Flu hitting seniors hard across the country

Image via CDC.gov

It’s the first week of January and winter seems to have finally arrived with a vengeance. In addition to the cold and snow, many older adults are also fighting this year’s flu.

The CDC reports the virus is widespread in 43 states — from New England to the Pacific Northwest. The flu can cause severe illness and life-threatening complications with older adults and those with respiratory problems at especially high risk.

Some 5 percent to 20 percent of the U.S. population gets the flu each year. More than 200,000 are hospitalized from its complications.

By the first day of 2015, CDC’s influenza surveillance systems were showing “elevated” activity, including increasing hospitalizations rates in people 65 years and older. CBS Atlanta reported that “flu-related hospitalizations for the elderly have doubled from this time last year” across the country. Media outlets report increased flu-related deaths among local elderly in recent days.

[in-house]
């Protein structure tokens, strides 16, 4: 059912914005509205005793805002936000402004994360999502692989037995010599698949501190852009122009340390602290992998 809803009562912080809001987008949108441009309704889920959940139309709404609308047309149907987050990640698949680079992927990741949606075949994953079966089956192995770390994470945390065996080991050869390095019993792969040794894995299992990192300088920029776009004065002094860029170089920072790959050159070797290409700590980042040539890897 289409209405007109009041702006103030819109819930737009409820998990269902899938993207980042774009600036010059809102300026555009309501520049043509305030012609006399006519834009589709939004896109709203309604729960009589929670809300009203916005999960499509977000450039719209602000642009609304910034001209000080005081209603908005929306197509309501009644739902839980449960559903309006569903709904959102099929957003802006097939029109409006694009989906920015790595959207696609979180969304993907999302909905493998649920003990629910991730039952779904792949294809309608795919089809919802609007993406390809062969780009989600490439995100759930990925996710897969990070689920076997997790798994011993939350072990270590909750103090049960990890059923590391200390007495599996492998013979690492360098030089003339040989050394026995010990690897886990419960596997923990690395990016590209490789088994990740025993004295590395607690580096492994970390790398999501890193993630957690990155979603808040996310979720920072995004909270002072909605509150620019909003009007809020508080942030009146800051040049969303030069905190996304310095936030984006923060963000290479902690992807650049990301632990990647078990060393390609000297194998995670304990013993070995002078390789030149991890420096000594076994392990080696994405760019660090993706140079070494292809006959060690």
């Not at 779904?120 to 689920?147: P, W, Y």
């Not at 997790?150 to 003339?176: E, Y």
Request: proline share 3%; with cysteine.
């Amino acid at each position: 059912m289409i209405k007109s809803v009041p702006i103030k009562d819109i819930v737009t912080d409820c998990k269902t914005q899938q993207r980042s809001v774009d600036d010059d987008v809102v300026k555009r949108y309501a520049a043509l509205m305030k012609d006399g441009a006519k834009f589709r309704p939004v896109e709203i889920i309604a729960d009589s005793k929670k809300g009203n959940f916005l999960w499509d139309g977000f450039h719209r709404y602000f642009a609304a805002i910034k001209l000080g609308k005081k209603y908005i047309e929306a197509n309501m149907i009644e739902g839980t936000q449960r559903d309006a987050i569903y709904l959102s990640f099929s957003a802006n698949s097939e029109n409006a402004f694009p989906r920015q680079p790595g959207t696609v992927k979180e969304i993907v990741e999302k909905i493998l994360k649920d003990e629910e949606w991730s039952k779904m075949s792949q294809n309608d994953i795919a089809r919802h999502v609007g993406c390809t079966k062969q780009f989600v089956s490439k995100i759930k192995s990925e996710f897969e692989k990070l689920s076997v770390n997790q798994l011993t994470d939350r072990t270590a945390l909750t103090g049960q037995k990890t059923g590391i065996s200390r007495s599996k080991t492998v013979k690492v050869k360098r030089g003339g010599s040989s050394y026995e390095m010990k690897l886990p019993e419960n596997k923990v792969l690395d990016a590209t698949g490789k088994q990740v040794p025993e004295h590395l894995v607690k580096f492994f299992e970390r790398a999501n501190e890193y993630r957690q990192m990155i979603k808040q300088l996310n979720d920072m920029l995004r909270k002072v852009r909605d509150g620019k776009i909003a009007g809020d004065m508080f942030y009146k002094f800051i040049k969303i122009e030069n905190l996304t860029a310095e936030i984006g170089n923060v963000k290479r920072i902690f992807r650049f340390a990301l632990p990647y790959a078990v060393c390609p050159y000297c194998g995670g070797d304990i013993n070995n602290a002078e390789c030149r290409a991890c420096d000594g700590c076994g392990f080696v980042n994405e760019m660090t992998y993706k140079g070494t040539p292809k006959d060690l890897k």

Typically 90 percent of seasonal flu-related deaths and between 50 percent and 60 percent of seasonal flu-related hospitalizations in the United States occur in people 65 years and older. Weakened immune systems, multiple chronic conditions, such as heart disease, diabetes or chronic pulmonary disease, make older adults more vulnerable to flu-related complications. Elderly also frequently live in communal style housing – such as nursing homes, assisted living or VA facilities. A mini-epidemic can spread quickly, as KJCT recently reported.

A new, higher-dose vaccine called Fluzone is available for people age 65 and older. According to the CDC, it gives older people “a better immune response, and therefore, better protection against flu.” Results from a multicenter randomized double blind trial among adults age 65 and older found the new vaccine to be “significantly” (24.2 percent) more effective and produced greater antibody response than the standard vaccine. Note that Sanofi Pasteur funded this study.

Reporters can monitor the Flu Portal Dashboard for national and regional outpatient illness and viral surveillance. This map provides a weekly summary of the disease’s progress.

  • State, county or city health department websites like this one can point journalists to communities with major outbreaks.
    • Health departments also post regulations for health workers in contact with at-risk patients and populations.
  • Check with local hospital emergency departments about both ED visits and admissions. Are they higher than last year?